Social and economic implications of teacher training in Jamaica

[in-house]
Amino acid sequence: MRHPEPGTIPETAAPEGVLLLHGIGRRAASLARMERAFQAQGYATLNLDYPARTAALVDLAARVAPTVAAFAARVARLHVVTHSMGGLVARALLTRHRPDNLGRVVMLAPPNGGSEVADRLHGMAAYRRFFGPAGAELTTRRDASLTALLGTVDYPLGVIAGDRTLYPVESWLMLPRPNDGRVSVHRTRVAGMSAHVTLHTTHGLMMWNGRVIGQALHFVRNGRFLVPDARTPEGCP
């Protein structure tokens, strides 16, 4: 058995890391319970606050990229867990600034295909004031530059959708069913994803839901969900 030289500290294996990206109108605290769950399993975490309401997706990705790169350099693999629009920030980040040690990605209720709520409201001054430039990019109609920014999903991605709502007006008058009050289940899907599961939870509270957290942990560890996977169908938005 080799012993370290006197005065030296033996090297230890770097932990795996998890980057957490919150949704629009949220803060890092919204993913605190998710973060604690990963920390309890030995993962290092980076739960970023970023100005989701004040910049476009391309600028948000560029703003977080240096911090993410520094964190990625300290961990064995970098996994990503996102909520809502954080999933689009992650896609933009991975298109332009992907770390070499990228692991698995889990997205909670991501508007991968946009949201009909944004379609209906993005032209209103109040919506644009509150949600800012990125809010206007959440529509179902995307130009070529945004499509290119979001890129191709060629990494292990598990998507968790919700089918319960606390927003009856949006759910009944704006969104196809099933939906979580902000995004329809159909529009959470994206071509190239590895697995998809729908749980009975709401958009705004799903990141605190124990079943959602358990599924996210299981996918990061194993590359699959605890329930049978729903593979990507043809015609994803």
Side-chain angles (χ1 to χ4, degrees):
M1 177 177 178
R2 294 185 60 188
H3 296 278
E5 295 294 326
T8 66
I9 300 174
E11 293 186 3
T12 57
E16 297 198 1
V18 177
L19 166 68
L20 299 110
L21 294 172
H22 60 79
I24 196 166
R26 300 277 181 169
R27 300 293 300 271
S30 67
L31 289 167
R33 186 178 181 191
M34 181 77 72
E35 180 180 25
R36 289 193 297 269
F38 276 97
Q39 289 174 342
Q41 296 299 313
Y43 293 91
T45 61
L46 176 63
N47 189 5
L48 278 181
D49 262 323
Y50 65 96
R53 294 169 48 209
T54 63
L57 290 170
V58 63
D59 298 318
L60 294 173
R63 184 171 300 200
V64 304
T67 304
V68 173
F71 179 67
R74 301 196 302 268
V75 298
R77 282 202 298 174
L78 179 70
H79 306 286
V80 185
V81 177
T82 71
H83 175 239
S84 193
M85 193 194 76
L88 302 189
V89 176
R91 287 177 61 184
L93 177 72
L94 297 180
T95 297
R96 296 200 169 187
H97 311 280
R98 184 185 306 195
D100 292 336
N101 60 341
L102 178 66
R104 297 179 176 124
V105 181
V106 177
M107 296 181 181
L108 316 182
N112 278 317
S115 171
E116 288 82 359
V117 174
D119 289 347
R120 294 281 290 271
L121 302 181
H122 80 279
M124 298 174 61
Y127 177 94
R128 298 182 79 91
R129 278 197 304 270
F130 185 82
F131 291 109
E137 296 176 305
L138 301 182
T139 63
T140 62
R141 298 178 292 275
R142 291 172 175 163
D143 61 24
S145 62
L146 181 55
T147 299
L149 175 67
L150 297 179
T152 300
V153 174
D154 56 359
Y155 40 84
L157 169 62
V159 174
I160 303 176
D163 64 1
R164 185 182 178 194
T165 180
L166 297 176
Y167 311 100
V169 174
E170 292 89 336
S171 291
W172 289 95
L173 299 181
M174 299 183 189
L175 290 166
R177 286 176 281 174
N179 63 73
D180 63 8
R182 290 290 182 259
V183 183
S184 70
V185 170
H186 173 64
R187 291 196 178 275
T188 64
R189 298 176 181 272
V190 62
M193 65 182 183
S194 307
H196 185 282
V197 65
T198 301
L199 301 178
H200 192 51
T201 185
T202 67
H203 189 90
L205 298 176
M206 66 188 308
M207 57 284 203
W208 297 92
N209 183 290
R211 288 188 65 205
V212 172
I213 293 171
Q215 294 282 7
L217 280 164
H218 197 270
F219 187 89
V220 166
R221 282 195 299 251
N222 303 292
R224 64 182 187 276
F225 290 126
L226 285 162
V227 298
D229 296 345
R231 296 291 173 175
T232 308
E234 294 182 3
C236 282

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A preliminary study of the teacher training process in Jamaica used statistics, historical documentation, and a questionnaire survey to address four topics: 1) the future contributions of the Jamaican system of teacher training to the economic welfare of the country; 2) adapting present teacher education programmes to the needs of teachers who will work in non-traditional settings; 3) specific areas in teacher education curricula that can be changed to positively affect the nation's economic, political, and social future; and 4) structural and conceptual changes needed in teacher education programmes. The history of education in Jamaica shows the struggle to establish teacher education programmes, of which there are now 13. In preliminary surveys, answered by students in the programmes, on the characteristics of these programmes, recommendations for educational practices and goals have emerged, but further analysis must be made to ascertain the potential role of teacher education in the socio-economic development of Jamaica. The current status is that Jamaica has an inadequate supply of qualified teachers. Teachers should be trained to work in both formal and informal settings to reach the maximum number of people with educational needs. Higher admission standards and salaries are factors in obtaining better teachers. Appendices provide statistical information and student questionnaires


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